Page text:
}

if(c > 0){ //We have a non-null value, so do something with it
  switch(c){
     case 'm': //'m' was sent
          //run some code meant for 'm'
         break; //always break after doing the command unless you want it to "fall through"
     case 'n': //'n' was sent...
         //do some code for 'n'
         break;
      //etc...
 }

If you have multiple steps, like multiple prompts, keep a state machine (keep a count of steps) so it knows what step it is at.
In your case, it might make more sense to increment the steps based on the interrupt. That way your code knows when the button was actually pressed.



Code:
byte state = 0;
byte light_toggle;
byte fan_toggle;
#define maxStates 6 //if there will be six steps total

void loop(){

  switch(state){

    case 0:
Serial.print("Press the light toggle switch");
break:
    case 1:
light_toggle = value;
Serial.print("Light toggle command is: ");
        Serial.println(light_toggle, DEC);
        state++ //we have to increment the state here since no interrupt
break;
    case 2:
        Serial.print("Press the fan toggle switch")
        break;
    case 4:
        fan_toggle = value;
Serial.print("Fan toggle command is: ");
        Serial.println(fan_toggle, DEC);
        state++ //we have to increment the state here since no interrupt
        break;
     //etc... for all states
}

}



void interrupt(){
 state = state++ //increments the state counter
 
 //....do normal interrupt code here


 if(state > maxStates) state = 0; //reset the state counter
}

If your value is 8 bits use
Code:
byte value
in your declaration, if it will be 16, use
Code:
unsinged int value
« Last Edit: March 09, 2013, 10:37:41 am by Retroplayer » Logged

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There may be some minor errors in there. I always make stupid mistakes when writing code and only catch them when I go to compile. So, you may have to mess it, of course. It's just an example.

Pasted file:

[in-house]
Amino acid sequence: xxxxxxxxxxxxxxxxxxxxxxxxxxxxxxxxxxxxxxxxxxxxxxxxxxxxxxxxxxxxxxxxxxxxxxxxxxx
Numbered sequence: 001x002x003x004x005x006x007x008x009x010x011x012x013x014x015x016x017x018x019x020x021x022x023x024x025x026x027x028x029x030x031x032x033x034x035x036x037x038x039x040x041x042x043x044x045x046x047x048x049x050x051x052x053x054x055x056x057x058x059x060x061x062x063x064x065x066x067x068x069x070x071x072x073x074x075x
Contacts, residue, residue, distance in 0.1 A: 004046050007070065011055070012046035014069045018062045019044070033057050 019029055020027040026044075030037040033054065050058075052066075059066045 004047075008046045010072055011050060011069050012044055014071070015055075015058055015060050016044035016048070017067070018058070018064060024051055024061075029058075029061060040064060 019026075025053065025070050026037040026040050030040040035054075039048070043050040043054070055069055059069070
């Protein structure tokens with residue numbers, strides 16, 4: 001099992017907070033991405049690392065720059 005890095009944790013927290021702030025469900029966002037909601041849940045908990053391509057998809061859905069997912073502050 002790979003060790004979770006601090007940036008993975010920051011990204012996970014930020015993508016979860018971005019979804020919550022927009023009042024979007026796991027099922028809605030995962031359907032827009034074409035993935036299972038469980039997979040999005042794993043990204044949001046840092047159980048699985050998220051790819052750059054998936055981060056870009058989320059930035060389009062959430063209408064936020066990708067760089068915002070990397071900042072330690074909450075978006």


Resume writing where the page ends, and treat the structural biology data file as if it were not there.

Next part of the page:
BTW, your address part of the command will (likely) always be the same for a particular device. So you really only need to capture that part once, then just store the command part for each button.
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I am very interested in home automation myself. I even have all the X0 goodies including all the software that lets you program intelligent control and control from the web, but I am currently only renting a house so I am limited in what I can do. I have always thought it would be nice to tie all the various pieces together at some point. Maybe I should start playing with it a little so I have all the chunks ready when I move on.

I tend to stay at the girlfriends over the weekend, so something like an 'away' macro that turned off all the lights, set the thermostat down, ocassionally turned on lights to make it appear that I was home, set the security system, etc.. would be nice. Also checking on the cats and being able to feed and water them remotely would be nice. Hmm... I may have to start playing again.
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Oh yeah.  I love this stuff.  I dreamed of working on one for awhile.  You need the arduino automatic cat feeder and sandbox scrapper with a little robot that will collect the doo doo and run it to the trash for you  smiley  I swear possibilities are only limited by a persons imagination and technical ablilty.

I tried this:
Code:
int inpin = 2; // makes the input pin pin 2
int outpin = 3;  // makes the output pin pin 3
byte state = 0;  //sets bytes vale to 0???
byte light_toggle; // creates byte light_toggle
byte value;  //creates byte value to display value
#define maxStates 6 //if there will be six steps total  (I'm not sure how this works.  There are 2 states on and off?)

// the setup routine runs once
void setup() {
  Serial.begin(9600);  // initialize serial communication at 9600 bits per second:
  pinMode(inpin, INPUT);  // makes inpin the input pin
  pinMode(outpin, OUTPUT);  // makes outpin the output pin
}

// the loop runs over and over forever
void loop() {
   switch(state){ //like an if statement

    case 0:
Serial.print("Press the light toggle switch");
break;
    case 1:
light_toggle = value;  //what is this doing?  It's setting light_toggle = value.
Serial.print("Light toggle command is: ");
        Serial.println(light_toggle, DEC);
        state++; //we have to increment the state here since no interrupt
break;

}

}

And it prints "Press the light toggle switch" over and over again.   
I'm not sure how #define maxStates 6 works.  Why do you need to know this?  Nothing ever references maxStates?